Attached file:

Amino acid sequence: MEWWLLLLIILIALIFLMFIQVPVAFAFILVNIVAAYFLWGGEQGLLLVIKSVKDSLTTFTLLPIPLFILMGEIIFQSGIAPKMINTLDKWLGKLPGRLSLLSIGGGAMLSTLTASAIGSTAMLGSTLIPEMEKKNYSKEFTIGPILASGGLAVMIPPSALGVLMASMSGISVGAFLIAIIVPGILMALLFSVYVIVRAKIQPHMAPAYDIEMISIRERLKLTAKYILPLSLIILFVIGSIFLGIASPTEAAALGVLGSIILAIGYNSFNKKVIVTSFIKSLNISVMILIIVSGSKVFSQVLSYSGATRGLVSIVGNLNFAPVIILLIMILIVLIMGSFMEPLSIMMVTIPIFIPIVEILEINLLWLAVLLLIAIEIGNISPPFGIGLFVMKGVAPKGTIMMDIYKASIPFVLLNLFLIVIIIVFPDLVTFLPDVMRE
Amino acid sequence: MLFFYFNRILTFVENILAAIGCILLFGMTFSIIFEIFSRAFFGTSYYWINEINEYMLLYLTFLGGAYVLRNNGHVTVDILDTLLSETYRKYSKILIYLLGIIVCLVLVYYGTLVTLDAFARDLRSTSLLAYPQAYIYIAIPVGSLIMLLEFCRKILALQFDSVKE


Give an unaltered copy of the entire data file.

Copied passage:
Amino acid sequence: MEWWLLLLIILIALIFLMFIQVPVAFAFILVNIVAAYFLWGGEQGLLLVIKSVKDSLTTFTLLPIPLFILMGEIIFQSGIAPKMINTLDKWLGKLPGRLSLLSIGGGAMLSTLTASAIGSTAMLGSTLIPEMEKKNYSKEFTIGPILASGGLAVMIPPSALGVLMASMSGISVGAFLIAIIVPGILMALLFSVYVIVRAKIQPHMAPAYDIEMISIRERLKLTAKYILPLSLIILFVIGSIFLGIASPTEAAALGVLGSIILAIGYNSFNKKVIVTSFIKSLNISVMILIIVSGSKVFSQVLSYSGATRGLVSIVGNLNFAPVIILLIMILIVLIMGSFMEPLSIMMVTIPIFIPIVEILEINLLWLAVLLLIAIEIGNISPPFGIGLFVMKGVAPKGTIMMDIYKASIPFVLLNLFLIVIIIVFPDLVTFLPDVMRE
Amino acid sequence: MLFFYFNRILTFVENILAAIGCILLFGMTFSIIFEIFSRAFFGTSYYWINEINEYMLLYLTFLGGAYVLRNNGHVTVDILDTLLSETYRKYSKILIYLLGIIVCLVLVYYGTLVTLDAFARDLRSTSLLAYPQAYIYIAIPVGSLIMLLEFCRKILALQFDSVKE